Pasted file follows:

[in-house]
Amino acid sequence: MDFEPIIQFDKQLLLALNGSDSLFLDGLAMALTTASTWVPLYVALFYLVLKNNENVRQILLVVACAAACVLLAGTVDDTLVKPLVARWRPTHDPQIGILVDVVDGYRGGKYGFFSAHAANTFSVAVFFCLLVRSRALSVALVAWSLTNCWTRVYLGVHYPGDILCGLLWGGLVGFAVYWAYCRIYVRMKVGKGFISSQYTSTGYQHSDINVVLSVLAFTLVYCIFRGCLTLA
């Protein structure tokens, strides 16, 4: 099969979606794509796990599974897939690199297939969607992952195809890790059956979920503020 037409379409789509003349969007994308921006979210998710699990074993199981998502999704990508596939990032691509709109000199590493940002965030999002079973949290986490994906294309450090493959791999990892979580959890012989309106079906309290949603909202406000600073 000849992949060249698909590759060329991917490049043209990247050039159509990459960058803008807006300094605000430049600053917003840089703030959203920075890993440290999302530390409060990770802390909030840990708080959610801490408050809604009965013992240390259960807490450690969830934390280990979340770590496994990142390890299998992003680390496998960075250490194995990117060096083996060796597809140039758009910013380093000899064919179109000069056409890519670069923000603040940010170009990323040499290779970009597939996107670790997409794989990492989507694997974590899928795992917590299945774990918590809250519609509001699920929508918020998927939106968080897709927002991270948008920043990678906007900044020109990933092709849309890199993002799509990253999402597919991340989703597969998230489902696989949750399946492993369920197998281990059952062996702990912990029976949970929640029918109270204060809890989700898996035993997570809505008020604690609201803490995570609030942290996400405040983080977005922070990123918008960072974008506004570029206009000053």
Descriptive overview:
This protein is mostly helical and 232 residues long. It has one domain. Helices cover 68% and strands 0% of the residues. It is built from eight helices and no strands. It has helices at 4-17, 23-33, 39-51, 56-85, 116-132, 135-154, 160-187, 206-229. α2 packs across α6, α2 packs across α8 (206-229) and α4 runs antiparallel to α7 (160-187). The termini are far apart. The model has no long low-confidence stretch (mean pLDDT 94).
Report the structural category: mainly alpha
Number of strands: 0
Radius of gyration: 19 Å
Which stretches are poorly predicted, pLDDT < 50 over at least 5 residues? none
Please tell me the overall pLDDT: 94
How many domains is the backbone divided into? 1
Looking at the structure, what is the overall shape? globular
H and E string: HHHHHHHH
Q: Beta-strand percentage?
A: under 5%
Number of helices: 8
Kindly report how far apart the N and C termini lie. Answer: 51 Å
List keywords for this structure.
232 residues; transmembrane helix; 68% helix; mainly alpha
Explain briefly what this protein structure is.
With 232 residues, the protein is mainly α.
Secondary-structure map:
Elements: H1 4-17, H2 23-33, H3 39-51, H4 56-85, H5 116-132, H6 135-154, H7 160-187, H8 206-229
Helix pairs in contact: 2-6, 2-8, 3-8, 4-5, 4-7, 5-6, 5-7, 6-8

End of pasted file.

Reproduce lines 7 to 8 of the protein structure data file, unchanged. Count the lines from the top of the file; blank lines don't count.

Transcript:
Number of strands: 0
Radius of gyration: 19 Å